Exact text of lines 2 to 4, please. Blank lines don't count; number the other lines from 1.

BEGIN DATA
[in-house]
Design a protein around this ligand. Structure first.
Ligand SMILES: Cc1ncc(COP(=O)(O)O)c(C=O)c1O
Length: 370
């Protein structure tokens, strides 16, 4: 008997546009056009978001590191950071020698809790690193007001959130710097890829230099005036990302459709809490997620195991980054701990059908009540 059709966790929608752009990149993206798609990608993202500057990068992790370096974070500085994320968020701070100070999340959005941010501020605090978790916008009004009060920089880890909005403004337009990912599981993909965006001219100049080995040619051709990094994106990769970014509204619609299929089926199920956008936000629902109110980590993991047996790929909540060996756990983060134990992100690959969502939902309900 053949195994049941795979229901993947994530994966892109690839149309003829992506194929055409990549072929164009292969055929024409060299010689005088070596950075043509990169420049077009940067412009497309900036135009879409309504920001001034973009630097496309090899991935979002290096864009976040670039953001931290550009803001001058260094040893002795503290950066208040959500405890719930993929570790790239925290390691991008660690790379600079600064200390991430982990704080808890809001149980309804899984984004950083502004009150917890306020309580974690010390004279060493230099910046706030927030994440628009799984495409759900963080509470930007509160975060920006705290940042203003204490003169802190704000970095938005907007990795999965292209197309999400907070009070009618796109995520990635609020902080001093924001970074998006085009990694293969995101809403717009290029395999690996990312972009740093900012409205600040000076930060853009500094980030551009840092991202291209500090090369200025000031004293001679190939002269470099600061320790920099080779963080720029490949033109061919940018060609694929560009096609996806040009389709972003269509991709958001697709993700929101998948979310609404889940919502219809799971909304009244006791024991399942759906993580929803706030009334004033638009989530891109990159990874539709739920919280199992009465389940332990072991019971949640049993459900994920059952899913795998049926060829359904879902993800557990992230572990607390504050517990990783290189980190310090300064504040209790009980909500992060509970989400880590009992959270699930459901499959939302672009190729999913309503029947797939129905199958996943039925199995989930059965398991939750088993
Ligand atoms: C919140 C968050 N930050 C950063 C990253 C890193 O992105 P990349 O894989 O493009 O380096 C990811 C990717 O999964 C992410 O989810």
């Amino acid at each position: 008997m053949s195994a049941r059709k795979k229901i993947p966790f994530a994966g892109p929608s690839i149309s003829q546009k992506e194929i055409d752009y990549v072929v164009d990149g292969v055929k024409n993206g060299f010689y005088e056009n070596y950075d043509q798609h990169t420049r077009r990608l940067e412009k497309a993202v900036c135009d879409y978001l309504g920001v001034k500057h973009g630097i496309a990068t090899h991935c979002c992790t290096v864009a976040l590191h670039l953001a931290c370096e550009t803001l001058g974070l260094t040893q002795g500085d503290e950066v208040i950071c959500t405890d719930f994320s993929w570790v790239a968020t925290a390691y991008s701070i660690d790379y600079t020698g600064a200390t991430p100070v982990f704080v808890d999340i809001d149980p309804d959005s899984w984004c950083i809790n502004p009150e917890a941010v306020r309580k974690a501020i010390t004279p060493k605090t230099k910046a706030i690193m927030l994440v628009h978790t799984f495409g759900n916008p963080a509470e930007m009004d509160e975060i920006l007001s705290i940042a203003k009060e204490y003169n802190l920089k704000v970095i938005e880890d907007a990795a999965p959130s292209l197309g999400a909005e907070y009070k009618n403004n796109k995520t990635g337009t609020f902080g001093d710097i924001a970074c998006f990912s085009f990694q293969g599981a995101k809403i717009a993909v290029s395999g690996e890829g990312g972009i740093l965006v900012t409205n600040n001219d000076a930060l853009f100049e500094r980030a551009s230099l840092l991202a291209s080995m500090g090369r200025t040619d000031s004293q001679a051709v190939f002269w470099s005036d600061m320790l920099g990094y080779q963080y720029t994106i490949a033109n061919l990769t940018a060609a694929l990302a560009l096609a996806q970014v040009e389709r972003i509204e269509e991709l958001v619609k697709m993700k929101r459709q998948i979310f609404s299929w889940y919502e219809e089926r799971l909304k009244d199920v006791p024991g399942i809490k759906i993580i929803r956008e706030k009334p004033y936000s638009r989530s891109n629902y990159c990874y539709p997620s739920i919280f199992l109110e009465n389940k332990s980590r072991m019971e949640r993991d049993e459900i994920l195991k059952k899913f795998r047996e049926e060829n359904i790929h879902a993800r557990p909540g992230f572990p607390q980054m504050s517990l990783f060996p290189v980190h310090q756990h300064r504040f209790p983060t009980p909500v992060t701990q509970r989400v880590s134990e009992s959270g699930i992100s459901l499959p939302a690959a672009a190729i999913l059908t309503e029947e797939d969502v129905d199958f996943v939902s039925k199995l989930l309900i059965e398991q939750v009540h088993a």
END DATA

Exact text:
Design a protein around this ligand. Structure first.
Ligand SMILES: Cc1ncc(COP(=O)(O)O)c(C=O)c1O
Length: 370